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Feeding communities, engaging farmers into agricultural enterprise

BAGUIO CITY, August 5, 2021 – The Department of Agriculture (DA) – Special Area for Agricultural Development (SAAD) Program in the Cordillera Administrative Region (CAR) ups its quest to not only provide food on the table but also equip beneficiaries to become agri-preneurs.

As the pandemic hit Cordillera communities with lockdowns and movement control restrictions, the DA–SAAD CAR found a way to tide communities over months of isolation and slowly build a future for farmer groups willing to learn the business trade.

DA-CAR Regional Executive Director and SAAD Focal Person Cameron Odsey said the program is targeted for the communities not reached by regular programs by the DA and other state agencies.

“Sa SAAD we are operating in the poorer communities, yung mga area na ito, sila ang hindi nararating ng regular programs, kung meron man, patak-patak lang or paminsan-minsan lang, not only in the DA but the other agencies. In these communities where we have implemented special projects, sometimes, the primary concern is food sufficiency. Sapat ba ‘yung inaani natin para lang kainin ng bawat household sa barangay? So in these areas, it is really prioritizing that they are able to produce enough for their own needs, secondary na lang if meron silang excess at meron sila ibebenta. Sa livelihood projects natin, it will meet their needs, siyempre unahin pangangalingan nila sa household then kung may sobra sila, ay ibebenta para may additional income.” Odsey explained.

[We are operating with poorer communities, these areas are the ones not reached by the regular programs of the government and if they are, it is only a small intervention and far and in between, not only with the DA but other agencies. In these communities where we have implemented special projects, the primary concern is food sufficiency. Is their harvest enough for their households?  The SAAD Program prioritizes that they can produce enough for their own needs; it is only secondary that they are able to sell. Do our livelihood projects meet their needs, of course, their daily needs should come first and if there is a surplus that is when they can sell for additional income.]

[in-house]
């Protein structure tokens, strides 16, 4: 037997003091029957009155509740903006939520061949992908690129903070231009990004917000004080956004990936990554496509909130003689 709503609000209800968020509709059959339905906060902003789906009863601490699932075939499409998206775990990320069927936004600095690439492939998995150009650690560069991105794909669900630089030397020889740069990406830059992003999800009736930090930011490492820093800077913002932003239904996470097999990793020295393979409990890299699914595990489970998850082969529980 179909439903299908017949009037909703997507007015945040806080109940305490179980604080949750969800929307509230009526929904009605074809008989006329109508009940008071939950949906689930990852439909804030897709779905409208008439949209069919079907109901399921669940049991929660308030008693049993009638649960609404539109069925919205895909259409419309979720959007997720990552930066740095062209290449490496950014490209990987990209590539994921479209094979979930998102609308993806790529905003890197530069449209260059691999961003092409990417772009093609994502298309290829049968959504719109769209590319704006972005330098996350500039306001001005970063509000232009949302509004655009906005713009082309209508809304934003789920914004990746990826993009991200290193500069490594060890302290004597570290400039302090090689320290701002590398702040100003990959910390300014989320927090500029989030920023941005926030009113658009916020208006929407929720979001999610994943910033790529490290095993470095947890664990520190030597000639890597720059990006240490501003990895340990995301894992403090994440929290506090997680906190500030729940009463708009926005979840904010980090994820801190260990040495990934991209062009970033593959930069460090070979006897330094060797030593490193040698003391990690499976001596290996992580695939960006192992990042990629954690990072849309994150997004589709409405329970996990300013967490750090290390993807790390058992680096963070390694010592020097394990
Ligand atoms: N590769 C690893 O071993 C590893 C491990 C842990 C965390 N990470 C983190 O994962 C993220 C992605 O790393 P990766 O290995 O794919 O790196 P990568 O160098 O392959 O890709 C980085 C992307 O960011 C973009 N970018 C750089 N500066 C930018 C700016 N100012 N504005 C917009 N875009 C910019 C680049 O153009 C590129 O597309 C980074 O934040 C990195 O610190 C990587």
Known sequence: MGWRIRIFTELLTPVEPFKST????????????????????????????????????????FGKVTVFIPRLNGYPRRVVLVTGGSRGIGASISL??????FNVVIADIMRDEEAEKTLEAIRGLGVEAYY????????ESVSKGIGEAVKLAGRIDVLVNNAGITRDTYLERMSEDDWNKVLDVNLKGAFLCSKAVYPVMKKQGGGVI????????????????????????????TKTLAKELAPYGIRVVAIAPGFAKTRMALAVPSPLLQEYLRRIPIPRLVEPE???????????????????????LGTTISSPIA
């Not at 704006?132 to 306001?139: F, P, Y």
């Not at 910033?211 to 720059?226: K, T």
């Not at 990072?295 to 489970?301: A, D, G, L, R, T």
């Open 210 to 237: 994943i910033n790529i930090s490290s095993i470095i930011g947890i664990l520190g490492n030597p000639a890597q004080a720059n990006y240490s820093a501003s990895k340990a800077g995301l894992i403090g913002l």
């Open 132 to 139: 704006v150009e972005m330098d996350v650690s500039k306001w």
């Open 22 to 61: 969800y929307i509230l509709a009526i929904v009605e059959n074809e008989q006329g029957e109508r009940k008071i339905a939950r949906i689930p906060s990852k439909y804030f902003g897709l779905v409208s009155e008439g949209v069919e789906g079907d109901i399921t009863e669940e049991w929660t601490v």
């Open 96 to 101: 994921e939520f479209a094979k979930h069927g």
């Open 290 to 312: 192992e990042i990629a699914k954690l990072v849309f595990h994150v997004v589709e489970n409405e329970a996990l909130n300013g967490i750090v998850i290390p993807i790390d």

As of July 2021, the program has so far helped organize a total of 147 farmers’ cooperative and associations (FCA) in the region covering Apayao, Kalinga, and Mountain Province. The FCAs have registration and documents, enabling them to avail more programs and opportunities in the future.

The beneficiaries, which are now at 7,150, received 148 livelihood projects covering 138 barangays with 35 identified as End Local Communist Armed Conflict (ELCAC) areas.

For 2020 there were only 73 FCAs for the three SAAD areas with 4,796 farmers benefited with 84 livelihood projects from 84 barangays with 14 identified as ELCAC areas.

Capacity-building activities were also conducted to equip beneficiaries with skills to maintain and sustain their SAAD livelihood projects.

Capacity Building Efforts  

The program aims to shift farmers to become agricultural entrepreneurs, thus equipping various capacity building activities.

Some of the activities are Organizational Development and Management [ODM], Bookkeeping, Financial Management, Package of Technology for Vegetables Poultry and Livestock, Agro Farmer Field School for Fruit Trees, and Farmer Livestock School for Swine.

Dir. Odsey said setting up an enterprise is not that simple “It’s a whole process that you also have to learn, we are doing these through their FCA, we have to train them on how to do business especially that we have a value chain approach – meaning we look at the whole process, planning what to plant, taking care of crops, then how to sell, it all starts with planning, knowing what you will plant for home consumption and what is for business.”

He also said the SAAD Program often gives more than enough resources which can accommodate both needs. “We are trying to upgrade the capacities and capabilities to also allow them to do business. If we need our farmers to survive in the present environment, they have to learn. We should also be teaching them that before you even think of selling to the market, you should do an assessment”.